115. Dr Limbick notes: “In public libraries, it has been noted by librarians that a display of the book’s cover, with an invitation to ask for the book at the desk, has generated little or no response from library users“.

116. This observation in large part was used by the Auckland Librarians to successfully lobby the Chief Censor and his deputy, that under s. 42(3) the book needed to be reclassified, despite the fact that three years had not elapsed since the Board issued its R14 classification.

117. Dr Limbick’s report on the apparent lack of interest in the book due to librarians’ perceived ‘display-marketing problems’ is far from convincing. Young people regularly choose books based on the dust cover description of its contents and cover notes (which can be provided even under an R14 classification) and media reviews. Furthermore, they are very experienced at choosing suitable DVDs from libraries and DVD stores based on descriptions on the empty DVD boxes, so clearly they can use these same skills to select a book, even when they cannot read its complete subject matter.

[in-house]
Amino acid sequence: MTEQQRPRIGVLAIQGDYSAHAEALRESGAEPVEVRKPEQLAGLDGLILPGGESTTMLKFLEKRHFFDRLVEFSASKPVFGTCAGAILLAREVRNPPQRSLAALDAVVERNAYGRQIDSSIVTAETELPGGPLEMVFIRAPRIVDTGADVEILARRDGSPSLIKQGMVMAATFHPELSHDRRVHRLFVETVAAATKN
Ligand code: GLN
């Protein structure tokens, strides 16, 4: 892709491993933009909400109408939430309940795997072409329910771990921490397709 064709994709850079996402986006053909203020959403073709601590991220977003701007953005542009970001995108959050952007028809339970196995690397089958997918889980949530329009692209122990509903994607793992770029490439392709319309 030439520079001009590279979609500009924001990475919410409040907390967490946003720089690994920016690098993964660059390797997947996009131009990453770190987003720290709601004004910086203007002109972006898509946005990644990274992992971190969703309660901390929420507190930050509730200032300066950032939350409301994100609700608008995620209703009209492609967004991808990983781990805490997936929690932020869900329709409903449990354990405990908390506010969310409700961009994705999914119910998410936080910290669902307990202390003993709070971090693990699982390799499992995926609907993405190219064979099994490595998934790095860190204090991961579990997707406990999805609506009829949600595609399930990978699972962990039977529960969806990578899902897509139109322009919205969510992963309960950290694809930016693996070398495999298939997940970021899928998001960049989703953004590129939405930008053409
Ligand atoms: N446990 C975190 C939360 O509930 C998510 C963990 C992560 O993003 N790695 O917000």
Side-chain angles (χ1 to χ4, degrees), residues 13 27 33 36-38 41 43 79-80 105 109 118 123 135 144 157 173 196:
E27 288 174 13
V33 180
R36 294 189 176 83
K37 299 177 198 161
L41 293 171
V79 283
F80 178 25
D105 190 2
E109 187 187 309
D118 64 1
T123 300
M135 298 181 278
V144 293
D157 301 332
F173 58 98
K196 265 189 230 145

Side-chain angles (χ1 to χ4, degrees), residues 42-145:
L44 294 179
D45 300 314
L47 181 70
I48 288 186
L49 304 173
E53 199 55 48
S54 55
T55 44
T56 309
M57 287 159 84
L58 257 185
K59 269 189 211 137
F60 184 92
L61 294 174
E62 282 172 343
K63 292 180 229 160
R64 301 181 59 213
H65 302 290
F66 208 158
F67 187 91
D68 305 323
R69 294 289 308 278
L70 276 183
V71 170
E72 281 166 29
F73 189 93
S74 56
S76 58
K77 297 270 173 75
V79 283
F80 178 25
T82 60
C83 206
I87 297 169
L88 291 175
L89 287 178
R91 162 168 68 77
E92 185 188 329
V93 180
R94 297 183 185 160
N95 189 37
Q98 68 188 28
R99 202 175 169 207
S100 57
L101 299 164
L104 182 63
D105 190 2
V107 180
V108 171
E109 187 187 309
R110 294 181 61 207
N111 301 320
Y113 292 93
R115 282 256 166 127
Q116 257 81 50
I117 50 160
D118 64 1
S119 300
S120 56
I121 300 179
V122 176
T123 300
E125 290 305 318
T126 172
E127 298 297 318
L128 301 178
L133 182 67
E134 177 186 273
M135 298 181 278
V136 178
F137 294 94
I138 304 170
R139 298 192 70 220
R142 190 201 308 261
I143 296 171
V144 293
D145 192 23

118. Answers received by deputy chief censor Nic McCully on the question of the age appropriate status of “Into the River” – did not support a case that the Board had got its R14 classification wrong. Rather they confirmed that it was the right decision.

119. 1st response: “The content would make me wary of teaching it to students under 16

120. 2nd response: Readers to be given access to the book. Answer: “nothing below Year 11… Rape scene not pleasant. Sexual grooming by male music teacher reasonably graphic as well”.

121. 3rd response: “Not aware of any books of similar/content [to “Into the River”] used in school curriculum. We have however stopped teaching it [“Into the River”] due to objections from the Board of Trustees concerned about the issues of rape, sexual abuse and murder.”